In our last post, we covered four schemes aimed at taking advantage of well-meaning taxpayers. The next four items on the IRS Dirty Dozen for this year involve illegal actions taken by taxpayers to either reduce their taxable income, or to claim deductions or credits to which they are not entitled.
Don’t engage in tax avoidance or evasion schemes
The IRS warns taxpayers to note that get-rich-quick and tax avoidance schemes may not only trigger an audit, if you knowingly participate in one you face hefty fines and may also be criminally prosecuted. Here are schemes involving illegal reductions of taxable income and claims for deductions and credits that made it to this year’s Dirty Dozen:
- Falsely padding deductions and inflating expenses such as charitable contributions and business expenses, and/or claiming credits that you are not entitled to receive, such as the Earned Income Tax Credit or the Child Tax Credit.
- Improper claims for business credits, particularly claims for research credits (which are limited to businesses that engage in certain qualified research activities) and fuel tax credits (generally restricted to off-highway business or farming). Note that claiming undeserved business credits is a common scam and the IRS is warning taxpayers to beware of unscrupulous tax preparers who encourage you to utilize them.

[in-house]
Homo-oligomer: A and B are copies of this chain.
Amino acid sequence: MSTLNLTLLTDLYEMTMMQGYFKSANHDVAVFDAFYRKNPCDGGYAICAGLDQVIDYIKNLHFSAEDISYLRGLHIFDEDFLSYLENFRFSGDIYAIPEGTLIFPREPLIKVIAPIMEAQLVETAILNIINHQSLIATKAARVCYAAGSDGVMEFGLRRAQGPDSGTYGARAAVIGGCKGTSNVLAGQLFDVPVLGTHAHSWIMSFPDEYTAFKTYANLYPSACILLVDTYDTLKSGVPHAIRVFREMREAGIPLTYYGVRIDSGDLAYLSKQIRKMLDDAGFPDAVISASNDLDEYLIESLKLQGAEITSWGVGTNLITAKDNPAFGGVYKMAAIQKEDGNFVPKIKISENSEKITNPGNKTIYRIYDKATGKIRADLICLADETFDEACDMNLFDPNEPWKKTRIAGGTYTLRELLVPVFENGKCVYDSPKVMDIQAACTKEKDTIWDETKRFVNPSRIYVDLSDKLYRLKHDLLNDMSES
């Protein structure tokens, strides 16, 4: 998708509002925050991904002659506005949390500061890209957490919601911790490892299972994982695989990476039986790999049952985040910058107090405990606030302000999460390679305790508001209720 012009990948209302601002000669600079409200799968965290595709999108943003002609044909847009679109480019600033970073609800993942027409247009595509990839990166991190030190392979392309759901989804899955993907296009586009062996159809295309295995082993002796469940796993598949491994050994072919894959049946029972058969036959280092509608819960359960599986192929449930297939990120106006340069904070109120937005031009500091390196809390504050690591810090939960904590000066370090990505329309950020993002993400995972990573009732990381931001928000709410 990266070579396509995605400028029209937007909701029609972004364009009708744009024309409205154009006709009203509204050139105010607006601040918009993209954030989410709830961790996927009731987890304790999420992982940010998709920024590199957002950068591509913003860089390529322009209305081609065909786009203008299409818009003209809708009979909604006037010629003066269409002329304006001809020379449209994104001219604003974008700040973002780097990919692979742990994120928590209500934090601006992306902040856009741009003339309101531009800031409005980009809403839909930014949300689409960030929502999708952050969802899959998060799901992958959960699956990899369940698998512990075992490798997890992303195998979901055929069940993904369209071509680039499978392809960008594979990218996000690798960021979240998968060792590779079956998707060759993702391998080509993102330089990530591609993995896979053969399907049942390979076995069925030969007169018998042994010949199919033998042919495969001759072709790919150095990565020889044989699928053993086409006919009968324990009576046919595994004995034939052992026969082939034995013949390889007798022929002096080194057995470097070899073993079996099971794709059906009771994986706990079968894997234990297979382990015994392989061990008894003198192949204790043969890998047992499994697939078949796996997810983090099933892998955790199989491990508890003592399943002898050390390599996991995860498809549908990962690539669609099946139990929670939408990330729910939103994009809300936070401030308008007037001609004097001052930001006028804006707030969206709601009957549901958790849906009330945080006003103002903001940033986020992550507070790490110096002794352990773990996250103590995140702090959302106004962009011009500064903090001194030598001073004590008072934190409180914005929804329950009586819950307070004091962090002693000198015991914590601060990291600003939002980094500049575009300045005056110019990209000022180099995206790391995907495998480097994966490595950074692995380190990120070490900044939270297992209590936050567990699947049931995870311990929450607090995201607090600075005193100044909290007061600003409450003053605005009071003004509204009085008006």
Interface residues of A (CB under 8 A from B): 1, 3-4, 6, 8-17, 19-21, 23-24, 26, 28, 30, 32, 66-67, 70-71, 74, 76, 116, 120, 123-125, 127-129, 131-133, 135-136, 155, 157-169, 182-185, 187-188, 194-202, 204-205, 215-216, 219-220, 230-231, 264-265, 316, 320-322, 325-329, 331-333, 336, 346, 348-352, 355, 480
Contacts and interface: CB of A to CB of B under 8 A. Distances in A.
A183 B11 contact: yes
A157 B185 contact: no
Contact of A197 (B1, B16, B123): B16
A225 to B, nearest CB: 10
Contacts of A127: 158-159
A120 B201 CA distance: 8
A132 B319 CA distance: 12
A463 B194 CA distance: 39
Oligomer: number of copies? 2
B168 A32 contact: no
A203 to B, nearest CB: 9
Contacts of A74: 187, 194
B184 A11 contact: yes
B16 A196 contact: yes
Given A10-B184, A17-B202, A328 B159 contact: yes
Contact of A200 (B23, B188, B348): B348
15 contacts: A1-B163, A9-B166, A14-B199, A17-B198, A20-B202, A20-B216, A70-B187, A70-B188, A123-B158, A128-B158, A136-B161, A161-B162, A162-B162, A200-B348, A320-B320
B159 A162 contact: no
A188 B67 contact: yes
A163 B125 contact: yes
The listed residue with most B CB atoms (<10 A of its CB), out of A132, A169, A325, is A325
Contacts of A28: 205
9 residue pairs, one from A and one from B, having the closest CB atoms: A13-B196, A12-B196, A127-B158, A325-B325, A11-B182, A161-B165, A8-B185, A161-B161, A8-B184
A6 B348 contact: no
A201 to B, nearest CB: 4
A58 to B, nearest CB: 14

- Falsified income, fake Forms 1099 is on the list this year due to number of taxpayers who falsely inflate their wage or self-employment income in order to secure larger refundable tax credits such as the Earned Income Tax Credit. The IRS also warns taxpayers to be wary of tax preparers who encourage them to engage in schemes that involve filing false financial instruments from banks, loan servicers and mortgage companies, or using Form 56 to claim false fiduciary responsibilities.
- Falsely inflated refunds is a form of tax fraud where taxpayers attempt to claim tax refunds by falsely claiming no taxable income or by submitting statements to the government that rebut wages and taxes reported by third parties to the IRS. They also make claims for undeserved tax benefits and credits (e.g., Earned Income Tax Credit and/or education credits), or claim fictitious tax rebates (such as using 1099-OID forms to claim funds from “secret government accounts” which do not exist), among other things.
Note that many tax scammers pretend to be tax preparers, filing false returns in their clients’ names so that they can claim their tax refunds for themselves. They typically target low-income taxpayers who do not have to file tax returns, or otherwise lure people with the promise of a large tax refund. As a result, many taxpayers end up paying significant tax penalties and losing important government benefits, including veterans benefits and low-income housing, because they have filed tax statements with the wrong income amounts. We will cover tax return preparer fraud in greater depth in Part IV.
In Part III, we will cover abusive tax shelters and offshore tax schemes.